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University of Iowa News Release

 

Aug. 31, 2009

Note to Editors: This release includes information provided by St. Louis University

University of Iowa Children's Hospital studying H1N1 flu vaccine

University of Iowa Children's Hospital begins participating today in a National Institutes of Health (NIH) clinical trial to test an investigational vaccine for 2009 H1N1 (swine-origin) flu along with the seasonal influenza vaccine in children.

St. Louis University is the lead site for this pediatric study, which involves a total of six institutions and an expected 650 participants total. At UI Children's Hospital, the study will enroll approximately 100 participants.

The study will examine safety and measure the body's immune response to the investigational H1N1 flu vaccine. In addition, the research will help determine how and when the H1N1 flu shot should be given with the seasonal flu shot to make it most effective. It also will analyze potential problems of giving the vaccines together, such as whether one vaccine will undermine the protective power of the other.

"We need to know how the H1N1 flu and seasonal flu vaccines impact each other because both types of flu may be circulating this year," said Patricia Winokur, M.D., principal investigator for the UI Children's Hospital site and a professor of internal medicine at the UI Carver College of Medicine.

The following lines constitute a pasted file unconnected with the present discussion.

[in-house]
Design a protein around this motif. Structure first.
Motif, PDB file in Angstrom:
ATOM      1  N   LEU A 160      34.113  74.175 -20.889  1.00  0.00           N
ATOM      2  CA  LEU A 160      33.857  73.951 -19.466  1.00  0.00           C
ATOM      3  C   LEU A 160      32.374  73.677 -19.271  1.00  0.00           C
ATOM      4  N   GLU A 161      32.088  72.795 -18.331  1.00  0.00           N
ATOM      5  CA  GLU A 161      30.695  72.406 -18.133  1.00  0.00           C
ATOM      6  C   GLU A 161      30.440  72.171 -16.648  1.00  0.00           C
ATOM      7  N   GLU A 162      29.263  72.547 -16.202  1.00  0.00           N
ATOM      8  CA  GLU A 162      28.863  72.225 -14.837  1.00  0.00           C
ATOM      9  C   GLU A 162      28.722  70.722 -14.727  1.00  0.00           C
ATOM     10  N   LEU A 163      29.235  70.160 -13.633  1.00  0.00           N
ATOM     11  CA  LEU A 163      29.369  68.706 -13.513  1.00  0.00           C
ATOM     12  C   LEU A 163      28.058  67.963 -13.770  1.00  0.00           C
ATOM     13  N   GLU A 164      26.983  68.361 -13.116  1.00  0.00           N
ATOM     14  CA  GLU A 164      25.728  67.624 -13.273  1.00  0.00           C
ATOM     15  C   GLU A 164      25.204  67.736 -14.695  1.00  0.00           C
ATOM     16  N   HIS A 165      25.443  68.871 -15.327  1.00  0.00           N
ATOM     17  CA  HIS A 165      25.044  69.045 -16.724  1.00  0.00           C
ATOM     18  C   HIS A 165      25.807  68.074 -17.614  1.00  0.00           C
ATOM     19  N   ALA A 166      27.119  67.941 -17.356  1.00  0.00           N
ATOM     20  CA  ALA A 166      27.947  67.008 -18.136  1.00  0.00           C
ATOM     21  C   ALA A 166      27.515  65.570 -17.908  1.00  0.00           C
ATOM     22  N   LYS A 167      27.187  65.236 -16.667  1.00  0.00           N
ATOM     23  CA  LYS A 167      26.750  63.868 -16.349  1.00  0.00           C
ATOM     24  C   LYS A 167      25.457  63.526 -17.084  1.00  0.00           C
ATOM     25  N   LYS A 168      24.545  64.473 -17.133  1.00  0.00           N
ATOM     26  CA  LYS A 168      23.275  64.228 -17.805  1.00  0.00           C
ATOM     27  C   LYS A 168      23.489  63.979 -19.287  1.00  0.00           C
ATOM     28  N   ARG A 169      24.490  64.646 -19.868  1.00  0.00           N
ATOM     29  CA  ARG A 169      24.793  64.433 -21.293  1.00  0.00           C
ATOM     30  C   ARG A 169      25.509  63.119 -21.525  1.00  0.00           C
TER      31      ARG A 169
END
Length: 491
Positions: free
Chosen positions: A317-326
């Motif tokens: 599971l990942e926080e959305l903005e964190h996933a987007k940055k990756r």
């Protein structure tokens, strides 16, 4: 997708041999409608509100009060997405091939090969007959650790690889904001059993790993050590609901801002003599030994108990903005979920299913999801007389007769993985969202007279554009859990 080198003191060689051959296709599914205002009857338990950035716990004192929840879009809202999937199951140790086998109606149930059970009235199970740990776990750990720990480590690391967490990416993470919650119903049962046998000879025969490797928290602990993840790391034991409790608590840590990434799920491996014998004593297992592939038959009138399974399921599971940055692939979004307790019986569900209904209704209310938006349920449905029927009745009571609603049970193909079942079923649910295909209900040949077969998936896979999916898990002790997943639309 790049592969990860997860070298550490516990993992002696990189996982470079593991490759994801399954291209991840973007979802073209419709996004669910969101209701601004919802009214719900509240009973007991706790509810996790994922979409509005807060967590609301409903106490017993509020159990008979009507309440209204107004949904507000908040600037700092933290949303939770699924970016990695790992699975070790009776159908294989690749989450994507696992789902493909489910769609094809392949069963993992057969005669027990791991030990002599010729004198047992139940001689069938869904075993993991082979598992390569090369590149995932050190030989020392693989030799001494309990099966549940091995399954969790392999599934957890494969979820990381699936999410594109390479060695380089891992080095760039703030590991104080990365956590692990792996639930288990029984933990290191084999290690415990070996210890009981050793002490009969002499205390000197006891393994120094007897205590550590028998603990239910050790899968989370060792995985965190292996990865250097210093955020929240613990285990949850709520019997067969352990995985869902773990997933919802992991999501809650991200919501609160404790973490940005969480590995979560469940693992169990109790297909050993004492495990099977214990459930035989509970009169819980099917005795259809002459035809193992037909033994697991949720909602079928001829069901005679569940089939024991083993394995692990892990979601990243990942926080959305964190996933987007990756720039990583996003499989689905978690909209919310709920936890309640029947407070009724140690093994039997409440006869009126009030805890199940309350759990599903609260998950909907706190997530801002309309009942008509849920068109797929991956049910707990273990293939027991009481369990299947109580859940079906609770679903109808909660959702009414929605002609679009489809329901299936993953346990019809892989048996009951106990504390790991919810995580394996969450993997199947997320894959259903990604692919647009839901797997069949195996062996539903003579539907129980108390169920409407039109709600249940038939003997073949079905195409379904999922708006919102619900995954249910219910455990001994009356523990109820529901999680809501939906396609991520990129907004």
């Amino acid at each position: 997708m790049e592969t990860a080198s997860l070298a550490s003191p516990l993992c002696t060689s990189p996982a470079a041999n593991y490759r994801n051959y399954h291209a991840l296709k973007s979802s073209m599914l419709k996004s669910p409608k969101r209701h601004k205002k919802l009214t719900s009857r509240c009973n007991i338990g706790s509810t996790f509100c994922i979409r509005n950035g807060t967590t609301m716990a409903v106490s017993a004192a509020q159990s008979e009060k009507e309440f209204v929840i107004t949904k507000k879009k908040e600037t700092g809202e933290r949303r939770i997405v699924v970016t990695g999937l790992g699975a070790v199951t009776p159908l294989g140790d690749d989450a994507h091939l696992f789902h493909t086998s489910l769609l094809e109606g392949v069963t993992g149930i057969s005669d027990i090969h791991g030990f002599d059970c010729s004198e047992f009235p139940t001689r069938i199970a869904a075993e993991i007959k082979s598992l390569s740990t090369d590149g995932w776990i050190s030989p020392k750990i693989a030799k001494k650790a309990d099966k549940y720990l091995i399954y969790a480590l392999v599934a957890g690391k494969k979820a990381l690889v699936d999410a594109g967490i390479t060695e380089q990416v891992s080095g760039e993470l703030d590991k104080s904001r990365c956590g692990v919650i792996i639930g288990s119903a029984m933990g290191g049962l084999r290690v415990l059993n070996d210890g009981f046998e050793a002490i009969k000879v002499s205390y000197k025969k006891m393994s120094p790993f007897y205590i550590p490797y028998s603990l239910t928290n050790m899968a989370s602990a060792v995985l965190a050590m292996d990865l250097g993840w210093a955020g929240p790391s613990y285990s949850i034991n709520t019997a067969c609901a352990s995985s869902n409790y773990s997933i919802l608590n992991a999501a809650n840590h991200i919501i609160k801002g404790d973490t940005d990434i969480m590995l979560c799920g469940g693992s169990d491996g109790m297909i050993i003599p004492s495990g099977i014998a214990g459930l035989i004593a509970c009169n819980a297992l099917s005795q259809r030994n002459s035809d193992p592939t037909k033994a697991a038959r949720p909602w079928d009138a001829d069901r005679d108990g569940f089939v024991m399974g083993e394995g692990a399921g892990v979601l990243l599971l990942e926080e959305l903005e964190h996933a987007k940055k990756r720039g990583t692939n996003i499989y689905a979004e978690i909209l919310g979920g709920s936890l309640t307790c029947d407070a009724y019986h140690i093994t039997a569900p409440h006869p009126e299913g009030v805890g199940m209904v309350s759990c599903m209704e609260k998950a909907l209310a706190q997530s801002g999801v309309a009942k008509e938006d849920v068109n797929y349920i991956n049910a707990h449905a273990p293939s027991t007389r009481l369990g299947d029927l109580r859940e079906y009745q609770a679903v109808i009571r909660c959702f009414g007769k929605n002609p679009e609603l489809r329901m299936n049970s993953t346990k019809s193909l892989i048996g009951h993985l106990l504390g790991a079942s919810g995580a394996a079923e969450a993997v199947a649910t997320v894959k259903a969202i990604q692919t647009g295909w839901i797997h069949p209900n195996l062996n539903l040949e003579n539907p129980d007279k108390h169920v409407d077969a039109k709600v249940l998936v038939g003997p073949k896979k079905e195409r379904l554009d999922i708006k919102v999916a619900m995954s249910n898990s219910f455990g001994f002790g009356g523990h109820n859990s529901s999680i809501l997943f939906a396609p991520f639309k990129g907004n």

Specifically, the investigational H1N1 influenza vaccine will be administered at the same time, before or after the seasonal influenza vaccine is given to different participants.

The Center for Disease Control and Prevention's Advisory Committee on Immunization Practices recently recommended all people ages 6 months to 24 years receive the H1N1 influenza vaccine when it is available. In making its recommendations, the group considered current disease patterns and current trends that showed populations most at risk of serious illness, among other factors.

The panel recommended vaccinating children ages 6 months to 18 because of the high number of cases of H1N1 influenza infection already seen in that age group. In addition, because children frequently are in school and day care, they are in close contact with each other, which makes it easier to spread disease.

The pediatric study is among several NIH-sponsored H1N1 studies that will collectively involve thousands of volunteers from all age groups nationwide. University of Iowa Health Care began participating in one of the adult H1N1 studies on Aug. 11.

All the studies are funded by the National Institute of Allergy and Infectious Diseases (NIAID), part of NIH and involve eight NIAID Vaccine and Treatment Evaluation Units, including the unit at the UI.

For more information about this pediatric research study, see the "Trial 2" section at this NIAID Web page: http://tiny.cc/h1n114.

STORY SOURCE: University of Iowa Health Care Media Relations, 200 Hawkins Drive, Room E110 GH, Iowa City, Iowa 52242-1009

MEDIA CONTACT: Becky Soglin, 319-356-7127, becky-soglin@uiowa.edu